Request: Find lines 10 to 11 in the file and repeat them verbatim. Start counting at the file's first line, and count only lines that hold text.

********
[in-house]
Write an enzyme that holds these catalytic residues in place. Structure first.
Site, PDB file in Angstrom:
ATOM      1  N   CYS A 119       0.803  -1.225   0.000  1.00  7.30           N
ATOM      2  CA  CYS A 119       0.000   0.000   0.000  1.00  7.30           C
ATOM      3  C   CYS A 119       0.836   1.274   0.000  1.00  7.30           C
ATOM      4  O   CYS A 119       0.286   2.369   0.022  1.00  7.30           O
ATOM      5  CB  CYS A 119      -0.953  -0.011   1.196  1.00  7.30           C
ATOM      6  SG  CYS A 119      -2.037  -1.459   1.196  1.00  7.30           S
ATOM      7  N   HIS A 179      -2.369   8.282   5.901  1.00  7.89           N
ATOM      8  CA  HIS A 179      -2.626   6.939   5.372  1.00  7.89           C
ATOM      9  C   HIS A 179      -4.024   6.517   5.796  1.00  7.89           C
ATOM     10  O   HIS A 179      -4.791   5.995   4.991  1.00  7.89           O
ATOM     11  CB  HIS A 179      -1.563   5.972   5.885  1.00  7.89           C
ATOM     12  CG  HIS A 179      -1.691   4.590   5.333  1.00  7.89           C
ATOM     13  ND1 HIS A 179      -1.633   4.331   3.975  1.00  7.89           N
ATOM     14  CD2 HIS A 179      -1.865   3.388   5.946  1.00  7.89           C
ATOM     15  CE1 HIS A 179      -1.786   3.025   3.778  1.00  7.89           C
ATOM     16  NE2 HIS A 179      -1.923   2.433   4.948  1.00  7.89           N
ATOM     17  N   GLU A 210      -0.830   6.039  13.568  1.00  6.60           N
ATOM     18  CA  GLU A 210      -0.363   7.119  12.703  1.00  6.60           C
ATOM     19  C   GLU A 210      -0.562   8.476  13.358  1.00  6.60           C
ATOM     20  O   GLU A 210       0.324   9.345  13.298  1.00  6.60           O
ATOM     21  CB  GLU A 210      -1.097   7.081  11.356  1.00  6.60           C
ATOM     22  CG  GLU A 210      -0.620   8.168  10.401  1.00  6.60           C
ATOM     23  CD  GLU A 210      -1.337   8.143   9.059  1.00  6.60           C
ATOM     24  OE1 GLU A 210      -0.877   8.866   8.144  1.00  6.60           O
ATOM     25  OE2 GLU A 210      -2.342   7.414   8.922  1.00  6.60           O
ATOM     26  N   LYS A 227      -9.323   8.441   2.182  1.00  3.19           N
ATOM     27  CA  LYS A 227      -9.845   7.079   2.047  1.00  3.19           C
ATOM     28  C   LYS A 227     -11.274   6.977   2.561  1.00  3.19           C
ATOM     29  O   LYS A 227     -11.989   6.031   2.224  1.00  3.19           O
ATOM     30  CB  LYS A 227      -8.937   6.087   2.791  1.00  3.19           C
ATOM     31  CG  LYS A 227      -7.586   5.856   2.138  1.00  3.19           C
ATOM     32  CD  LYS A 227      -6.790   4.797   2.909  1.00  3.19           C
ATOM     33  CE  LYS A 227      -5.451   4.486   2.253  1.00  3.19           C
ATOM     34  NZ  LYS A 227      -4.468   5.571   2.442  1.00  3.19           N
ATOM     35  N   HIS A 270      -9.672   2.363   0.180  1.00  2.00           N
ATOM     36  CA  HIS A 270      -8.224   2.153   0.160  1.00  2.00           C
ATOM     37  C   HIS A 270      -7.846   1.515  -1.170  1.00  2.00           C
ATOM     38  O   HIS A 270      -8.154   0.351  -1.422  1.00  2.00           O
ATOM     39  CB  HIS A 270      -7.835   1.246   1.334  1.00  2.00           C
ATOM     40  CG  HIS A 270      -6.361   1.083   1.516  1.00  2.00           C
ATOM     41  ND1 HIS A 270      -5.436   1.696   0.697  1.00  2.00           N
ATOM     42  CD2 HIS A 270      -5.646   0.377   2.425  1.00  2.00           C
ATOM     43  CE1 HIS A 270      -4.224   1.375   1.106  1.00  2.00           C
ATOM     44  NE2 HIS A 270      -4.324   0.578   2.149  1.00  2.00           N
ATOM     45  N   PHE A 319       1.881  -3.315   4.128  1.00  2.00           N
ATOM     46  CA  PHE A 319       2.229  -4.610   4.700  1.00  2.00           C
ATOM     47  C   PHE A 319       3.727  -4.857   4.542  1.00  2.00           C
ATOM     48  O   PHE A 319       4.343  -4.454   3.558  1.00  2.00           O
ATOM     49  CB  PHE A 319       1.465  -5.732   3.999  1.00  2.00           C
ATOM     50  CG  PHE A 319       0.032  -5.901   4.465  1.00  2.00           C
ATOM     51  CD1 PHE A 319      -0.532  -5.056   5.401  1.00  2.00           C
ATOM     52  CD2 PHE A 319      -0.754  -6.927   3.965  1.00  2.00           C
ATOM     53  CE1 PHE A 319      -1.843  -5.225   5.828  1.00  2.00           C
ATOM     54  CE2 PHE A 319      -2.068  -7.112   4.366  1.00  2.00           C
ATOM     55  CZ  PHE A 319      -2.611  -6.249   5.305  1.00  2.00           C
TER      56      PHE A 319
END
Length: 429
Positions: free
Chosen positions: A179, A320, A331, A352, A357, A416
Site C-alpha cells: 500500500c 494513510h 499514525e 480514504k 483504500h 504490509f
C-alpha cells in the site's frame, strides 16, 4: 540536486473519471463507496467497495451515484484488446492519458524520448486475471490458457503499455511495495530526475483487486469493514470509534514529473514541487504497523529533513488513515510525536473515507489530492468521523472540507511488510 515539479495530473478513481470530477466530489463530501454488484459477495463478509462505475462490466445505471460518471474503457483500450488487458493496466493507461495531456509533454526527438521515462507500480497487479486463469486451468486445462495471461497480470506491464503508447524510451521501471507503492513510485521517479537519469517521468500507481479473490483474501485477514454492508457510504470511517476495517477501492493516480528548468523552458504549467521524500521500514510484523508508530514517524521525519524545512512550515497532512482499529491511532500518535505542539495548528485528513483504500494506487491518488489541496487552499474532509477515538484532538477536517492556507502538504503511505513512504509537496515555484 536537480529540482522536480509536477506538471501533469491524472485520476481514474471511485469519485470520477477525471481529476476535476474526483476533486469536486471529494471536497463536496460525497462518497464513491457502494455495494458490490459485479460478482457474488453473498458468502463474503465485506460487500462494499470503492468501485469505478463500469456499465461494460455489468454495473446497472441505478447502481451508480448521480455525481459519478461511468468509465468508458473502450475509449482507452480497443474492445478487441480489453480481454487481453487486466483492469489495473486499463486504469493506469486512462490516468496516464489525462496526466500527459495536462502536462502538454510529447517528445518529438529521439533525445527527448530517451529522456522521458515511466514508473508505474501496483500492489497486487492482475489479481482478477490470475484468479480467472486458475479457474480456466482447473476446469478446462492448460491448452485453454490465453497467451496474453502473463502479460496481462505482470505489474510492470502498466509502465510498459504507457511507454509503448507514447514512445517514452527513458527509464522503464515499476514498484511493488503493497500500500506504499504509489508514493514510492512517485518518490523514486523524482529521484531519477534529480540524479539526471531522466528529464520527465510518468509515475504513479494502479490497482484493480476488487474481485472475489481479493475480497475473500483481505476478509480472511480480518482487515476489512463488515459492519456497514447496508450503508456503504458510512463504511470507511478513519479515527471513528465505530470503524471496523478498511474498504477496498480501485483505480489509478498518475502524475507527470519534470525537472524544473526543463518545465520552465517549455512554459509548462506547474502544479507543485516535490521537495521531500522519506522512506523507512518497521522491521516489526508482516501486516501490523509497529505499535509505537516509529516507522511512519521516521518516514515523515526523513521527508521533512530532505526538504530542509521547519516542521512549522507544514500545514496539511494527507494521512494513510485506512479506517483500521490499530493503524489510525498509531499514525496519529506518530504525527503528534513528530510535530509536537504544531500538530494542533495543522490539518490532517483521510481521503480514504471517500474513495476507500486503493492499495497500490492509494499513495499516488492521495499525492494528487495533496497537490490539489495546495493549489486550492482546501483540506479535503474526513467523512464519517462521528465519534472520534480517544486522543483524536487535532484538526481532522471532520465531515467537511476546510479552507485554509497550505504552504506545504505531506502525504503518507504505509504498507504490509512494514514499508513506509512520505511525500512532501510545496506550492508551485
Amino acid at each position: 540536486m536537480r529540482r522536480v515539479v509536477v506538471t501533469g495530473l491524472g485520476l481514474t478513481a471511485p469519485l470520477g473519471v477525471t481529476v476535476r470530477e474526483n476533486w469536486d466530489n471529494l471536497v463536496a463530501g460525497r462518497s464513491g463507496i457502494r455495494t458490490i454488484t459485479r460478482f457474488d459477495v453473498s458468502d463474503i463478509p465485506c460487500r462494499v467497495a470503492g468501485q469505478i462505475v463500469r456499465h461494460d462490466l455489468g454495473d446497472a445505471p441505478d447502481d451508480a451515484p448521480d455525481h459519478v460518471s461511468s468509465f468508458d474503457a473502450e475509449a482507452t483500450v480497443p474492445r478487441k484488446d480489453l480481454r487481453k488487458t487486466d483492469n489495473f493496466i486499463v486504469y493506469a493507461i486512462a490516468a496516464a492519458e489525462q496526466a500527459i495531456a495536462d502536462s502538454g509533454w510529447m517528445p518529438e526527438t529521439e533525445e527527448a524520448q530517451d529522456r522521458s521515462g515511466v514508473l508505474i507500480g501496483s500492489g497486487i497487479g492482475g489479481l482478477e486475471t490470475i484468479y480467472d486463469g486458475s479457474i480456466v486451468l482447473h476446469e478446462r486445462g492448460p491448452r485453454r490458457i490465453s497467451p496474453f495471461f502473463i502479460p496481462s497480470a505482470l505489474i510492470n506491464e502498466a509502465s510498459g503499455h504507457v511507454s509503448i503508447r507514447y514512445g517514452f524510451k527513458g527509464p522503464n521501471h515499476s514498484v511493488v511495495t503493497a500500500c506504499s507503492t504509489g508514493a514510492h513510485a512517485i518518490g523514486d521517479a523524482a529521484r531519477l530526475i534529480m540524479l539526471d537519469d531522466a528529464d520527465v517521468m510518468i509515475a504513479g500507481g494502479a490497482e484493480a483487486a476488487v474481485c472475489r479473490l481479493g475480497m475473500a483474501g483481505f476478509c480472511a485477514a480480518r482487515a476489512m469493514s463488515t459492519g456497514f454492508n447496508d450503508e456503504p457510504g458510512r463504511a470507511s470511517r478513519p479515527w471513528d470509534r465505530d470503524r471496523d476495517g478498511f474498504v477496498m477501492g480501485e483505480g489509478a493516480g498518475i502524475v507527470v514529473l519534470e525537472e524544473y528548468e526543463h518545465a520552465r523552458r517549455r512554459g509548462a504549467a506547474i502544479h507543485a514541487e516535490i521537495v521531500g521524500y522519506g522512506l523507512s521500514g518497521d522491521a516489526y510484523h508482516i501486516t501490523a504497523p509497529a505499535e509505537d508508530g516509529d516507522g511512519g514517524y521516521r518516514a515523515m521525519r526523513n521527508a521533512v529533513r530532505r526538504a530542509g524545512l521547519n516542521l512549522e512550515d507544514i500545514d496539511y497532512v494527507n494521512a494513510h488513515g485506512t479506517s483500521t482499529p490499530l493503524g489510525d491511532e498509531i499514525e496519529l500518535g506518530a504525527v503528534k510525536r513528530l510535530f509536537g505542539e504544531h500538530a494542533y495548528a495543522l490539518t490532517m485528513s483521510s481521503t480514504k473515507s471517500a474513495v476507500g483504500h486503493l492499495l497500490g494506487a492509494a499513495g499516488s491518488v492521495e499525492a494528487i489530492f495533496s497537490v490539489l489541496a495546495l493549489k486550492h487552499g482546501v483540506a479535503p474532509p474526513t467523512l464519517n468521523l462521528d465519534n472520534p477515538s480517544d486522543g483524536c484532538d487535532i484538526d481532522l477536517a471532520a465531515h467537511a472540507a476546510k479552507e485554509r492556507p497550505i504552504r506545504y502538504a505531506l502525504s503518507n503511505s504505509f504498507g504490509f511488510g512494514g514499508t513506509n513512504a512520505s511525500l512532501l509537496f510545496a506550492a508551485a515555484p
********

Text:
ATOM      7  N   HIS A 179      -2.369   8.282   5.901  1.00  7.89           N
ATOM      8  CA  HIS A 179      -2.626   6.939   5.372  1.00  7.89           C